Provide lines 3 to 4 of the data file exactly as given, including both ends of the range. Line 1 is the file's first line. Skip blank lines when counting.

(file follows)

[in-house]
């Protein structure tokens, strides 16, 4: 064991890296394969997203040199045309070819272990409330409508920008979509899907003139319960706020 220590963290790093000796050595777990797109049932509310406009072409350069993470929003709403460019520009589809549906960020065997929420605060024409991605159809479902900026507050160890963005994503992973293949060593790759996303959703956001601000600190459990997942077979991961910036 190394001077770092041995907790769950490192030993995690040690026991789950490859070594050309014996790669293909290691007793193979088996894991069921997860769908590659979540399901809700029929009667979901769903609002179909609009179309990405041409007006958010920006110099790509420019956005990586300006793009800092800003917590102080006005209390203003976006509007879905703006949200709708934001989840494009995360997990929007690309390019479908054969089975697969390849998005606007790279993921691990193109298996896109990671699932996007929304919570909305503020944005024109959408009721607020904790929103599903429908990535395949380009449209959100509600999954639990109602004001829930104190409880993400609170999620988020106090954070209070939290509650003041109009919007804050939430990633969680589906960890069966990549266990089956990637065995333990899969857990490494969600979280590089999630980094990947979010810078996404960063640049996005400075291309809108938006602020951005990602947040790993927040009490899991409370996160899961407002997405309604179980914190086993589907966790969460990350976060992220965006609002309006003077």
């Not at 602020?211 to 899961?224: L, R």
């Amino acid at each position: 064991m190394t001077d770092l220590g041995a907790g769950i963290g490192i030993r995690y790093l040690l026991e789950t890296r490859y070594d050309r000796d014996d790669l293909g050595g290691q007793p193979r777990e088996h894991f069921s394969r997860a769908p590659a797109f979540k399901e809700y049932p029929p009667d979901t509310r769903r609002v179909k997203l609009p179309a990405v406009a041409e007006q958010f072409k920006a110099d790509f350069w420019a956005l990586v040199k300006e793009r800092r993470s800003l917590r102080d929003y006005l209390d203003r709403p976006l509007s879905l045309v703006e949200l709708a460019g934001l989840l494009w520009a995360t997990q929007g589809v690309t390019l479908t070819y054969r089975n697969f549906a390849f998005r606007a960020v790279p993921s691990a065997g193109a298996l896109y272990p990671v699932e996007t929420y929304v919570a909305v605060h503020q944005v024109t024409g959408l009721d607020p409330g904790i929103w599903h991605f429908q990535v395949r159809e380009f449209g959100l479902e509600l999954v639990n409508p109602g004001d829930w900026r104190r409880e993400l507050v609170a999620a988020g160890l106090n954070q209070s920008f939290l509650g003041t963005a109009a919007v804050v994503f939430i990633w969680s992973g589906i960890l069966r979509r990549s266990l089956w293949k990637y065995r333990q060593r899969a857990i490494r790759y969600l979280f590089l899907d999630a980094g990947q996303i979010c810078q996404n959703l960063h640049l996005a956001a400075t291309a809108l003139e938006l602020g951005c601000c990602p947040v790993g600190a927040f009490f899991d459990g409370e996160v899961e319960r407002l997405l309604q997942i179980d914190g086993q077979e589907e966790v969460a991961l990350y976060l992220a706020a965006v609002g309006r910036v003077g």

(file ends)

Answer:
């Not at 602020?211 to 899961?224: L, R």
């Amino acid at each position: 064991m190394t001077d770092l220590g041995a907790g769950i963290g490192i030993r995690y790093l040690l026991e789950t890296r490859y070594d050309r000796d014996d790669l293909g050595g290691q007793p193979r777990e088996h894991f069921s394969r997860a769908p590659a797109f979540k399901e809700y049932p029929p009667d979901t509310r769903r609002v179909k997203l609009p179309a990405v406009a041409e007006q958010f072409k920006a110099d790509f350069w420019a956005l990586v040199k300006e793009r800092r993470s800003l917590r102080d929003y006005l209390d203003r709403p976006l509007s879905l045309v703006e949200l709708a460019g934001l989840l494009w520009a995360t997990q929007g589809v690309t390019l479908t070819y054969r089975n697969f549906a390849f998005r606007a960020v790279p993921s691990a065997g193109a298996l896109y272990p990671v699932e996007t929420y929304v919570a909305v605060h503020q944005v024109t024409g959408l009721d607020p409330g904790i929103w599903h991605f429908q990535v395949r159809e380009f449209g959100l479902e509600l999954v639990n409508p109602g004001d829930w900026r104190r409880e993400l507050v609170a999620a988020g160890l106090n954070q209070s920008f939290l509650g003041t963005a109009a919007v804050v994503f939430i990633w969680s992973g589906i960890l069966r979509r990549s266990l089956w293949k990637y065995r333990q060593r899969a857990i490494r790759y969600l979280f590089l899907d999630a980094g990947q996303i979010c810078q996404n959703l960063h640049l996005a956001a400075t291309a809108l003139e938006l602020g951005c601000c990602p947040v790993g600190a927040f009490f899991d459990g409370e996160v899961e319960r407002l997405l309604q997942i179980d914190g086993q077979e589907e966790v969460a991961l990350y976060l992220a706020a965006v609002g309006r910036v003077g």